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Extremist groups sit at the fringes of Florida politics

Trump’s mention of ‘Proud Boys’ last week has heightened interest in the extremist presence in Florida amid a tense political climate.
A man that identifies only as "Mr. Miller," and says he is with the Proud Boys organization, waves a "Trump 2020" sign at protestors prior to President Donald Trump's visit on Thursday, Oct. 3, 2019 in The Villages.
A man that identifies only as "Mr. Miller," and says he is with the Proud Boys organization, waves a "Trump 2020" sign at protestors prior to President Donald Trump's visit on Thursday, Oct. 3, 2019 in The Villages. [ MARTHA ASENCIO-RHINE | Times ]
Published Oct. 7, 2020
Updated Oct. 7, 2020

As Election Day looms, tensions linger over the influence that extremist groups might try to exact on the vote. Fears were exacerbated last week with the words of President Donald Trump, who in the first presidential debate was asked if he would disavow white supremacists and militias.

The president mentioned one group, the Proud Boys, by name, and called on them to “stand back and stand by.”

The incident created a surge in interest in the Proud Boys. A nationwide group, they’re particularly active in Florida and have made appearances at events in the Tampa Bay area. But they’re far from alone in the Sunshine State.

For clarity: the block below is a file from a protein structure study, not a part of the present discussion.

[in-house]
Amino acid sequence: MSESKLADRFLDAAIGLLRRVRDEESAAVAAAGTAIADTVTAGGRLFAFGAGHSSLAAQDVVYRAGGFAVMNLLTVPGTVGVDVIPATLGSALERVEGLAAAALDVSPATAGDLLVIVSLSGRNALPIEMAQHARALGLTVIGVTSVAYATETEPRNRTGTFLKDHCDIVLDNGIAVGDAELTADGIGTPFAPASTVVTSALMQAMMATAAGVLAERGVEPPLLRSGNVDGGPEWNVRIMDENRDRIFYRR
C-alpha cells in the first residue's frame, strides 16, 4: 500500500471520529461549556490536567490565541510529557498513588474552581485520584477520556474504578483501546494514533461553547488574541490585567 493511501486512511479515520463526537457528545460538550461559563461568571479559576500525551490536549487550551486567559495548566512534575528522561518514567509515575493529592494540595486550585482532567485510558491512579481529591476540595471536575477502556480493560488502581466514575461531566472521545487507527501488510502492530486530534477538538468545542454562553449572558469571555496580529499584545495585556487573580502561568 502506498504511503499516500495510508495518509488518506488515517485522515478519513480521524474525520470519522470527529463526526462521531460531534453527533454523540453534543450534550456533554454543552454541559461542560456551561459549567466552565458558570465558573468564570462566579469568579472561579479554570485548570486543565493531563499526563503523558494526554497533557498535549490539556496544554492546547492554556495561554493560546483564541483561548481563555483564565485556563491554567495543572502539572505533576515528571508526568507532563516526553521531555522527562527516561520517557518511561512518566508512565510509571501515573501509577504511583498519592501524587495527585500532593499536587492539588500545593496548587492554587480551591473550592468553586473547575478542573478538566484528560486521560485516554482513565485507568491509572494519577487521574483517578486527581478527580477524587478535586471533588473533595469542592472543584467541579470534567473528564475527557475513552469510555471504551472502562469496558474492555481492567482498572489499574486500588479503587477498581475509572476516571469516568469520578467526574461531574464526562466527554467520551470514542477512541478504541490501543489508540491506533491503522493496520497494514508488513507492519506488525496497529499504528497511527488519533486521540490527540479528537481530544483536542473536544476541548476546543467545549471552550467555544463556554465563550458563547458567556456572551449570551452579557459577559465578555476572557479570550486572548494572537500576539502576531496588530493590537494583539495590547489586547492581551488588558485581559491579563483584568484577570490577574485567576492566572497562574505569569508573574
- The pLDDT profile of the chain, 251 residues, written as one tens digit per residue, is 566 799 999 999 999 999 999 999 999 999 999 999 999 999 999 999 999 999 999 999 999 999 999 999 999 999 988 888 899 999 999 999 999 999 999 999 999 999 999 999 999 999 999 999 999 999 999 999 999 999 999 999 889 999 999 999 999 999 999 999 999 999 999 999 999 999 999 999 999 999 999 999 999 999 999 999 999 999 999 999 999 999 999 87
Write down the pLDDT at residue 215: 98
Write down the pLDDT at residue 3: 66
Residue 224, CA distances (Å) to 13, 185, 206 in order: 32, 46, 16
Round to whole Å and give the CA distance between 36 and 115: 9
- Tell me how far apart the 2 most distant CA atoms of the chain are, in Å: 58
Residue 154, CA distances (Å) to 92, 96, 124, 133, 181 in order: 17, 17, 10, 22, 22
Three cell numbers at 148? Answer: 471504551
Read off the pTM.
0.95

The Southern Poverty Law Center lists the Proud Boys among a handful of entities it deems to be hate groups with a presence in the Tampa Bay area. On its nationwide “Hate Map," the center has Proud Boys sharing Tampa Bay area space with the Nation of Islam, which has a presence in both Tampa and St. Petersburg. In Hernando County, there is a group called Sharkhunters International, which is described as a company that offers tours to European sites that were historically important to Hitler’s Germany as a way to “relive history.”

Although the Proud Boys often are lumped in with white supremacists, they deny racist motivations. Indeed, their membership is multiracial. The man pegged as their national leader, Enrique Tarrio of Miami, has described himself as Afro-Cuban. Tarrio assumed the leadership role after the group’s founder, Gavin McInnes, quit in 2018.

Proud Boys leader Enrique Tarrio speaks at a rally in Delta Park on Saturday, Sept. 26, 2020, in Portland, Ore. (AP Photo/Allison Dinner)
Proud Boys leader Enrique Tarrio speaks at a rally in Delta Park on Saturday, Sept. 26, 2020, in Portland, Ore. (AP Photo/Allison Dinner) [ ALLISON DINNER | AP ]

“We accept people from all walks of life,” Tarrio told a Tampa Bay Times reporter Tuesday. “We don’t ask what your religion, cult background is when you join the Proud Boys. All it takes to become a Proud Boy is that you love America, and you’re born with a penis. And if you’re not born with a penis, we have a Proud Boys women’s group.”

They call themselves “Western chauvinists." They believe, according to their website, that America’s borders should be closed, welfare should end, drugs should be legalized, and that they should venerate the housewife. What places them among hate-oriented groups, according to organizations that monitor extremism, is their attitudes toward women, Muslims, Jewish people, transgender people and immigrants.

Tarrio denies that the group is hateful. He blames the Southern Poverty Law Center for coloring their image.